Amantine-Lucile-Aurore Dupin
Aurore's cat Valdeck also features, in the 'Cat Waltz' inspired by the the cat's very natural inclination to try to get involved in whatever Frédéric was doing - particularly the fascinating activity of playing the piano.

The familiar Minute Waltz took on new life, with the complex trills taking second place to the playful antics of the little doggie. Valdeck was even more audible, dislodging the music, mewing piteously, and even running up and down the keyboard. Skilfully done - and such fun!

Aaron Copland
In a similar vein, Aaron Copland's "The Cat and the Mouse" was an immediate hit and taken up by Claude Debussy's publisher Jacques Durand when Aaron was only twenty years old. Twenty years later, Scott Bradley appropriated Aaron's style (along with others, notably George Gershwin) for his unforgettable scores to Fred Quimby's "Tom and Jerry" cartoons (actually the work of William Hanna & Joseph Barbera). Hanna and Barbera were so faithful to the original works that their animations immediately spring to mind when listening to the music. I'm sure Aaron approved.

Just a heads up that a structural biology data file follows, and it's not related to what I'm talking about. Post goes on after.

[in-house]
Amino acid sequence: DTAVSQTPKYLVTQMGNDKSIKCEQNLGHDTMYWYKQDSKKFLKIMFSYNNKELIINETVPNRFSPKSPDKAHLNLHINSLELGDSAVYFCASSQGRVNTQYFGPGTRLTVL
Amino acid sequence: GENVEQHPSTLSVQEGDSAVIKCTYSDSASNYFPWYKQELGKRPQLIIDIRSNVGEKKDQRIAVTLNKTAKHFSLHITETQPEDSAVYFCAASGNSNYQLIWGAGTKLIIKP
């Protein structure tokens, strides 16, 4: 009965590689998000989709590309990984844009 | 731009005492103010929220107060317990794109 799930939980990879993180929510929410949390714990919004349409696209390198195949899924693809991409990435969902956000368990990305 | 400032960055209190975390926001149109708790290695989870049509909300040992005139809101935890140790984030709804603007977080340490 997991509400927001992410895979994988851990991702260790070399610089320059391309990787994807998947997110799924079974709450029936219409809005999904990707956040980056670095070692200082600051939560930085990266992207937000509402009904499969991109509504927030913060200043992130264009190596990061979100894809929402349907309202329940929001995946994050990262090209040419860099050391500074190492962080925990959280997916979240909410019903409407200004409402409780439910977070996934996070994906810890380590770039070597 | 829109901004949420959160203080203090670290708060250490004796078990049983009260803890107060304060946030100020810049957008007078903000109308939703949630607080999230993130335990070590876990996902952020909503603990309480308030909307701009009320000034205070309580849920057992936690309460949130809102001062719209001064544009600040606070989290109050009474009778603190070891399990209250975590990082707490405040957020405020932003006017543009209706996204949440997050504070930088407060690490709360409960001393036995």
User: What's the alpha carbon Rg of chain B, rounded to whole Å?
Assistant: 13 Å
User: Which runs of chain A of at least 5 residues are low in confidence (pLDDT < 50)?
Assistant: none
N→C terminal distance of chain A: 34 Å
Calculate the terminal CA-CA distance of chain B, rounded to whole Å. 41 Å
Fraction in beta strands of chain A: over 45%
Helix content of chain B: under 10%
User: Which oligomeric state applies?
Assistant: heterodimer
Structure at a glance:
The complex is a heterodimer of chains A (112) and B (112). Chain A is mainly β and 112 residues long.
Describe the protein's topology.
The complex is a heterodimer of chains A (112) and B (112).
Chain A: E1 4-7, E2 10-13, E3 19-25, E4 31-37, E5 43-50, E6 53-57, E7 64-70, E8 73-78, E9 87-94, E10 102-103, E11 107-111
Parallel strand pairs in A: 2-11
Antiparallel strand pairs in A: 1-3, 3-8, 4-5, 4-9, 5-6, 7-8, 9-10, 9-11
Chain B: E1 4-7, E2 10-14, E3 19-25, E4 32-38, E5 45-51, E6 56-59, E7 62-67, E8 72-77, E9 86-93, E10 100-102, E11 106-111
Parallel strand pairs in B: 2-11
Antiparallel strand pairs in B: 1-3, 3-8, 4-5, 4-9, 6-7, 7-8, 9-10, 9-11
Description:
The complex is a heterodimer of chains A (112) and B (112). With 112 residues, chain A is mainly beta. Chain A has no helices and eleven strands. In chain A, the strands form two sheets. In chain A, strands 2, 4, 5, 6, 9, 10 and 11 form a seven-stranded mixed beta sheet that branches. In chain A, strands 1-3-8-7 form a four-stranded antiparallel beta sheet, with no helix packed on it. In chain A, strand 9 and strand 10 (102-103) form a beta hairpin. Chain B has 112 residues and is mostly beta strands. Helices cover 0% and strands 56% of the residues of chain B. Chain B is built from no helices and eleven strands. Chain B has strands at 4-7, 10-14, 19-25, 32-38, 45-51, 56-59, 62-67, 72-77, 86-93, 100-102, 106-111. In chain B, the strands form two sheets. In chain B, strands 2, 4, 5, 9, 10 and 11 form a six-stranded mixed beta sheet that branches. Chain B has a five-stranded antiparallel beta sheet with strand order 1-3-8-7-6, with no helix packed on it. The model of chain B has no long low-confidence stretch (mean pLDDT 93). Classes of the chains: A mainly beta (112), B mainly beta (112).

William Hanna & Joseph Barbera
"Tom & Jerry" 1940
He would also have approved of An-Ting's take on this classic chase-scene on the keyboard. Every kind of suspense, surprise and pratfall is represented in music. An-Ting tells the story with all the excitement and energy Copland intended - right up to the final sound of scampering feet, indicating the mouse's final successful bid for freedom, we hope.

The 'main dish' of the recital was still to come, however.

Camille Saint-Saëns
Camille Saint-Saëns lived just long enough to have heard Copland's "Cat and Mouse" in 1920. Thirty four years earlier, for the amusement of his own students, he had composed his own animal-based bagatelle (when, by his own admission, he should have been concentrating on his Third Symphony). Never intended to be part of his recognised canon, "Le Carnaval des Animaux" was also published by Jacques Durand, two years after "The Cat and the Mouse", and is now Saint-Saëns' best known work. It is not clear whether he would have approved!